The first fossils of Ichthyovenator were found in 2010 at Ban Kalum in the Grès supérieurs Formation of the Savannakhet Basin in Savannakhet Province, Laos. These fossilized bones were recovered from a red sandstone layer within a surface area of less than 2 square metres (22 sq ft). Designated under the specimen numbers MDS BK10-01 to 15, they consist of a partly articulated, well-preserved skeleton lacking the skull and limbs, and including the third-to-last dorsal (back) vertebra, the neural spine of the last dorsal vertebra, five partial sacral (hip) vertebrae, the first two caudal (tail) vertebrae, both ilia (main hip bones), a right pubis (pubic bone), both ischia (lower and rearmost hip bones) and a posterior dorsal rib. The twelfth dorsal spine is bent sideways when viewed front-to-back due to taphonomic distorsion. The centra (vertebral bodies) of the sacrals are largely incomplete due to erosion, but preserved all of their accompanying spines with their upper edges intact. At the time of Ichthyovenator's description, excavations at the site were still ongoing.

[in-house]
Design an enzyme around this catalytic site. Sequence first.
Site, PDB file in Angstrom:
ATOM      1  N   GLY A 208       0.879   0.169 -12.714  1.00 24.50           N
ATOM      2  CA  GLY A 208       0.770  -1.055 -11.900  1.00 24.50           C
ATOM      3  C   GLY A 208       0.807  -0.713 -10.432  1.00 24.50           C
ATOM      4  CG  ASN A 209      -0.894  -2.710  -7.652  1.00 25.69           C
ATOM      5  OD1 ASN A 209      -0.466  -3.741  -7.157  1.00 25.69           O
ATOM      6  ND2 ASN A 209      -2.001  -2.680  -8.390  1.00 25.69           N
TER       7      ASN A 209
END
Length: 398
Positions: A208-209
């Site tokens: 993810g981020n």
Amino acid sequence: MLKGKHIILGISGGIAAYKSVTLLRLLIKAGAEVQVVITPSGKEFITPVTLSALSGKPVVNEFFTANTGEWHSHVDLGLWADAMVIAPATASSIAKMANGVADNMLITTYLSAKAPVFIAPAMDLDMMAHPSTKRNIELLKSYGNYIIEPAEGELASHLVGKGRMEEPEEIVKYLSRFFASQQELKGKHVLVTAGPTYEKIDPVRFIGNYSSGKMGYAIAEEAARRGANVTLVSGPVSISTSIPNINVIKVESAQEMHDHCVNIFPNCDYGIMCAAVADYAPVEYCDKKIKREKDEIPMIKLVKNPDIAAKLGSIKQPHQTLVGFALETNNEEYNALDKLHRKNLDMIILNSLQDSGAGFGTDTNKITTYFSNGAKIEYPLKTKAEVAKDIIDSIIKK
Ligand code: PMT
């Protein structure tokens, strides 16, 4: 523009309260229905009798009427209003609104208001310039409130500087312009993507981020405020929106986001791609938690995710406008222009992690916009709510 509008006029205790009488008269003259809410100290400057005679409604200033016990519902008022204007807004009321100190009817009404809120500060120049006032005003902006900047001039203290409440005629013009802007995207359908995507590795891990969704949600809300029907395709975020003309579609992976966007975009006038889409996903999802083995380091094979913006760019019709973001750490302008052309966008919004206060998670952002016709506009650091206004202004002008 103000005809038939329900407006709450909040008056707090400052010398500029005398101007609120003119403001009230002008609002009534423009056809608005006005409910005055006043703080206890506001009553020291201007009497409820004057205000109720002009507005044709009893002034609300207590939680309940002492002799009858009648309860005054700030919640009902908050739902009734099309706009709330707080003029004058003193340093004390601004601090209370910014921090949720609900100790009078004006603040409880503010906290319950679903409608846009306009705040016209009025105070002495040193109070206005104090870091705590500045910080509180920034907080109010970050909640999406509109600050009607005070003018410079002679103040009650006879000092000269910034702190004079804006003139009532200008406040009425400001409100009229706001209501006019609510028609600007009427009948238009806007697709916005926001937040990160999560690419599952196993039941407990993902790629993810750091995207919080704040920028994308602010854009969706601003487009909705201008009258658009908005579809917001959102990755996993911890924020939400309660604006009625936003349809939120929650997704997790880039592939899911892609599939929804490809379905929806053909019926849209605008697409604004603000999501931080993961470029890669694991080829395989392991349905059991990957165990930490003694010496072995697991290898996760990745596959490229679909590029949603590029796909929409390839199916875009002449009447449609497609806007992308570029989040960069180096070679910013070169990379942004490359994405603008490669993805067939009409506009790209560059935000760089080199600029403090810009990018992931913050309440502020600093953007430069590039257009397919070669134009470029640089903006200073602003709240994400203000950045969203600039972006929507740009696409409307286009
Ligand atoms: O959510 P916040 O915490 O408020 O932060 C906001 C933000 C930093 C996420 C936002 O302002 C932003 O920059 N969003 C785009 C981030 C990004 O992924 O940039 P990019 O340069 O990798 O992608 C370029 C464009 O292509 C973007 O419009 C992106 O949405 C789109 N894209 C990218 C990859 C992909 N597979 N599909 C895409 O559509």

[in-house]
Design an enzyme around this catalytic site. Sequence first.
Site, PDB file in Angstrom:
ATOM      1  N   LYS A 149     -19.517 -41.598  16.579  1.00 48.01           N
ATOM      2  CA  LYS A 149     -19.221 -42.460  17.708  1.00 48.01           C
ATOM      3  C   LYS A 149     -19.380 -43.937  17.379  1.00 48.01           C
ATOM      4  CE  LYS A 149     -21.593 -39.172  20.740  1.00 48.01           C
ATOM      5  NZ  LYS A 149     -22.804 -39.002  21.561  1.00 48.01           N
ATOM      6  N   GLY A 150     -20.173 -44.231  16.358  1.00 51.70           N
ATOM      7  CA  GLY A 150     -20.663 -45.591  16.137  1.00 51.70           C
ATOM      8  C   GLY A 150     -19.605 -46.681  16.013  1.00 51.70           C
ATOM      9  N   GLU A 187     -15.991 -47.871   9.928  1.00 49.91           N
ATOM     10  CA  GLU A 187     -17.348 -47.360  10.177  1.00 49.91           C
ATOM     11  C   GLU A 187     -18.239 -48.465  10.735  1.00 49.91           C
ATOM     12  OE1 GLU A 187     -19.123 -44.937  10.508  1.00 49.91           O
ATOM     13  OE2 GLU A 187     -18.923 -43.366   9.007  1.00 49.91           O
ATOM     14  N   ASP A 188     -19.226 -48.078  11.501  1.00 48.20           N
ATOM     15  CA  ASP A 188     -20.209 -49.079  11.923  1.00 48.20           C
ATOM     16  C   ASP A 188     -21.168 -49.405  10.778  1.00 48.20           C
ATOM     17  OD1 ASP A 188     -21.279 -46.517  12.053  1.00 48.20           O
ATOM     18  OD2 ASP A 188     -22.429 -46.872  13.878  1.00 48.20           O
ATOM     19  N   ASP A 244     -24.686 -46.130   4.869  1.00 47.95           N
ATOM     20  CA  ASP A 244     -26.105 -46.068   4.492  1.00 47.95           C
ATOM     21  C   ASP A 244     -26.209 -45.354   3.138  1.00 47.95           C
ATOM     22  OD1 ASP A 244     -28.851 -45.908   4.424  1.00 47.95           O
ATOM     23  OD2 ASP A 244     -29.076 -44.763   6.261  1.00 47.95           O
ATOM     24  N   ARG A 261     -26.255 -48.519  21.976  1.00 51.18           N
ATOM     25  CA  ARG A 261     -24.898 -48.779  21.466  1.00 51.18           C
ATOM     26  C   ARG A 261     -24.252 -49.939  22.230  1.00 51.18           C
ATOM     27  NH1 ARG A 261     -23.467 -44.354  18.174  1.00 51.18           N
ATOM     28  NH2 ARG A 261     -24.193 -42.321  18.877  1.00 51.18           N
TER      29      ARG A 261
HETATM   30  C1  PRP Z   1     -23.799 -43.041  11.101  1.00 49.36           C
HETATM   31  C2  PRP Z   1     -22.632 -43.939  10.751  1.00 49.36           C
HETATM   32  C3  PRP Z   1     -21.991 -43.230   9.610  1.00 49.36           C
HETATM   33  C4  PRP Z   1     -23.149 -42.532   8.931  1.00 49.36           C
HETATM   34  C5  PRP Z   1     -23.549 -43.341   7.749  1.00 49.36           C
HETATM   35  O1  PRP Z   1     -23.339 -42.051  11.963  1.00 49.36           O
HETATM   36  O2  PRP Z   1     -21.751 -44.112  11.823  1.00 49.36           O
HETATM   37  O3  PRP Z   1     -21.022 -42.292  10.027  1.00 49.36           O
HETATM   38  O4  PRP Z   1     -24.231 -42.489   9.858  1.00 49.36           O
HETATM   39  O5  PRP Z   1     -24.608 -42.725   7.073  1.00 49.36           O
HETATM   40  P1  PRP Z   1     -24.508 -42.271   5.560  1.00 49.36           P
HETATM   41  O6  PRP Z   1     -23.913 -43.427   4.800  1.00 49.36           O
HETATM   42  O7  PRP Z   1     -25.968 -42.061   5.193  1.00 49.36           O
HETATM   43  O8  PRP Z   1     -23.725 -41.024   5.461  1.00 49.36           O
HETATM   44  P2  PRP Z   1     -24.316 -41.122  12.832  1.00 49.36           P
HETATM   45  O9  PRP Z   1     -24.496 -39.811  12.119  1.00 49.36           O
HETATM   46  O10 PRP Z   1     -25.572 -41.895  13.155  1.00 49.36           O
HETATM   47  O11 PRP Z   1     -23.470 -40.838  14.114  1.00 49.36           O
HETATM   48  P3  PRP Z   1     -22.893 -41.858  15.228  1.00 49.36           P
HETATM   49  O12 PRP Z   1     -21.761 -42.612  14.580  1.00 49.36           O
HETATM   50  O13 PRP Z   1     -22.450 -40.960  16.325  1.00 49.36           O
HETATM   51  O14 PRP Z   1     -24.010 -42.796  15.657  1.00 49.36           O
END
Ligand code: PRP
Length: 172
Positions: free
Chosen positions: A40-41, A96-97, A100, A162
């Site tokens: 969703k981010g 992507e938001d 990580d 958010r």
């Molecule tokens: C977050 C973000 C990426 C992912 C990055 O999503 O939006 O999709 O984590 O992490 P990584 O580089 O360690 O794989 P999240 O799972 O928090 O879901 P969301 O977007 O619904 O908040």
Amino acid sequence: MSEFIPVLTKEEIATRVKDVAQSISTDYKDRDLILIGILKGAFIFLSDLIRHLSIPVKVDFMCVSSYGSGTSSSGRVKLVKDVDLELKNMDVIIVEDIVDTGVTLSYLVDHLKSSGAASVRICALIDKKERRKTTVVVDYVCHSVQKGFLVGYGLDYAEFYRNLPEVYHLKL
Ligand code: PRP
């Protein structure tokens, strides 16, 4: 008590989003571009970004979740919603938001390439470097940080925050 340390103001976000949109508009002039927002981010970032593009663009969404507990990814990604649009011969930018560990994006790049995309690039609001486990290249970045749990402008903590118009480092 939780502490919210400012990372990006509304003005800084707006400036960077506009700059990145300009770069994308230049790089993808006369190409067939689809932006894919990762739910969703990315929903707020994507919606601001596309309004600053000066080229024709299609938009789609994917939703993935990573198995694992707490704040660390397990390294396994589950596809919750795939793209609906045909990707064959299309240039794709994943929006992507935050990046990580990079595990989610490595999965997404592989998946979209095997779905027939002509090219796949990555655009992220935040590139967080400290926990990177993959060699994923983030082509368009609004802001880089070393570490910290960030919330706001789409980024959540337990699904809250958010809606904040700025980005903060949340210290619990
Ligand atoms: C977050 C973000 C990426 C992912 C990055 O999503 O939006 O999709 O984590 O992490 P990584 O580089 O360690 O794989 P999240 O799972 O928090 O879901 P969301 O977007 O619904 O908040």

After undergoing preparation in 2011, the skeleton was used as the basis, or holotype, for the type species Ichthyovenator laosensis, which was named and described in 2012 by palaeontologists Ronan Allain, Tiengkham Xeisanavong, Philippe Richir, and Bounsou Khentavong. The generic name is derived from the Old Greek word ἰχθύς (ichthys), "fish", and the Latin word venator, "hunter", in reference to its likely piscivorous (fish-eating) lifestyle. The specific name refers to its provenance from Laos. Ichthyovenator is the third named spinosaurid dinosaur from Asia after the Thai genus Siamosaurus in 1986 and the Chinese species "Sinopliosaurus" fusuiensis in 2009. The latter may represent the same animal as Siamosaurus. In 2014, Allain published a conference paper on Ichthyovenator; the abstract indicated additional remains from the original individual had been found after excavations continued in 2012. These remains include three teeth, the left pubis, and many vertebrae, including a nearly complete neck, the first dorsal vertebra, and seven more caudal vertebrae. Some of these additional vertebrae were compared with those of other spinosaurids in a 2015 paper by German palaeontologist Serjoscha Evers and colleagues, in which they noted similarities with the vertebrae of the African spinosaurid Sigilmassasaurus.
In 2016, Gregory S. Paul estimated Ichthyovenator to have been approximately 8.5 metres (28 ft) long and to have weighed 2 tonnes (2.2 short tons; 2.0 long tons). The same year, Rubén Molina-Pérez and Asier Larramendi gave an estimate of 10.5 m (34 ft) in length, 2.95 m (9 ft 8 in) tall at the hips, and 2.4 t (2.6 short tons; 2.4 long tons) in weight.